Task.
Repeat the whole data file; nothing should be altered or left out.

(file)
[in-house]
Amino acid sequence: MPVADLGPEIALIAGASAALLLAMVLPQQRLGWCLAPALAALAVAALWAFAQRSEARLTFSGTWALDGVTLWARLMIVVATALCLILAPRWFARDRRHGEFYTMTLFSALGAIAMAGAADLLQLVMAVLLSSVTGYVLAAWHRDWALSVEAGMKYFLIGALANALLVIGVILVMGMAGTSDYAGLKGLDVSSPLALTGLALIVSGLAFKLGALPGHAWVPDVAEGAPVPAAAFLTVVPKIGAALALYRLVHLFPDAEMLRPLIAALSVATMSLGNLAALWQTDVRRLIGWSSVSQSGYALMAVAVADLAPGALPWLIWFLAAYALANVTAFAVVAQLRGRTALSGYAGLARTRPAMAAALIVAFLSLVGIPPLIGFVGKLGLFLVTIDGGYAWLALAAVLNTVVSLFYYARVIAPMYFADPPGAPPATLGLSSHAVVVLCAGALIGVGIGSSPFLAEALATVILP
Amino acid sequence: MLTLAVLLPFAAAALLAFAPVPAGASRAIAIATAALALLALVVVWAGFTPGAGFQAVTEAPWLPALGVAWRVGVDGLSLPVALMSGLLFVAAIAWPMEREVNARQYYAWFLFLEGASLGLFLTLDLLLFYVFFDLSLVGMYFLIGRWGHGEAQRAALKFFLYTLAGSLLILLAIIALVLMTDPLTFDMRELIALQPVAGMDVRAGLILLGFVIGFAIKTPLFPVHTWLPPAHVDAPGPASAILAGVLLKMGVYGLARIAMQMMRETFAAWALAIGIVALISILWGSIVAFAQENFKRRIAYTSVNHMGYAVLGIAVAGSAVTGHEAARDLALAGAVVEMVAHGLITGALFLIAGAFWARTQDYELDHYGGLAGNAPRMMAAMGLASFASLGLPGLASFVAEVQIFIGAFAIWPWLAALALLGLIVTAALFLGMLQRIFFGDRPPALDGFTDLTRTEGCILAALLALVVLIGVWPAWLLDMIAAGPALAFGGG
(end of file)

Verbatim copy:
[in-house]
Amino acid sequence: MPVADLGPEIALIAGASAALLLAMVLPQQRLGWCLAPALAALAVAALWAFAQRSEARLTFSGTWALDGVTLWARLMIVVATALCLILAPRWFARDRRHGEFYTMTLFSALGAIAMAGAADLLQLVMAVLLSSVTGYVLAAWHRDWALSVEAGMKYFLIGALANALLVIGVILVMGMAGTSDYAGLKGLDVSSPLALTGLALIVSGLAFKLGALPGHAWVPDVAEGAPVPAAAFLTVVPKIGAALALYRLVHLFPDAEMLRPLIAALSVATMSLGNLAALWQTDVRRLIGWSSVSQSGYALMAVAVADLAPGALPWLIWFLAAYALANVTAFAVVAQLRGRTALSGYAGLARTRPAMAAALIVAFLSLVGIPPLIGFVGKLGLFLVTIDGGYAWLALAAVLNTVVSLFYYARVIAPMYFADPPGAPPATLGLSSHAVVVLCAGALIGVGIGSSPFLAEALATVILP
Amino acid sequence: MLTLAVLLPFAAAALLAFAPVPAGASRAIAIATAALALLALVVVWAGFTPGAGFQAVTEAPWLPALGVAWRVGVDGLSLPVALMSGLLFVAAIAWPMEREVNARQYYAWFLFLEGASLGLFLTLDLLLFYVFFDLSLVGMYFLIGRWGHGEAQRAALKFFLYTLAGSLLILLAIIALVLMTDPLTFDMRELIALQPVAGMDVRAGLILLGFVIGFAIKTPLFPVHTWLPPAHVDAPGPASAILAGVLLKMGVYGLARIAMQMMRETFAAWALAIGIVALISILWGSIVAFAQENFKRRIAYTSVNHMGYAVLGIAVAGSAVTGHEAARDLALAGAVVEMVAHGLITGALFLIAGAFWARTQDYELDHYGGLAGNAPRMMAAMGLASFASLGLPGLASFVAEVQIFIGAFAIWPWLAALALLGLIVTAALFLGMLQRIFFGDRPPALDGFTDLTRTEGCILAALLALVVLIGVWPAWLLDMIAAGPALAFGGG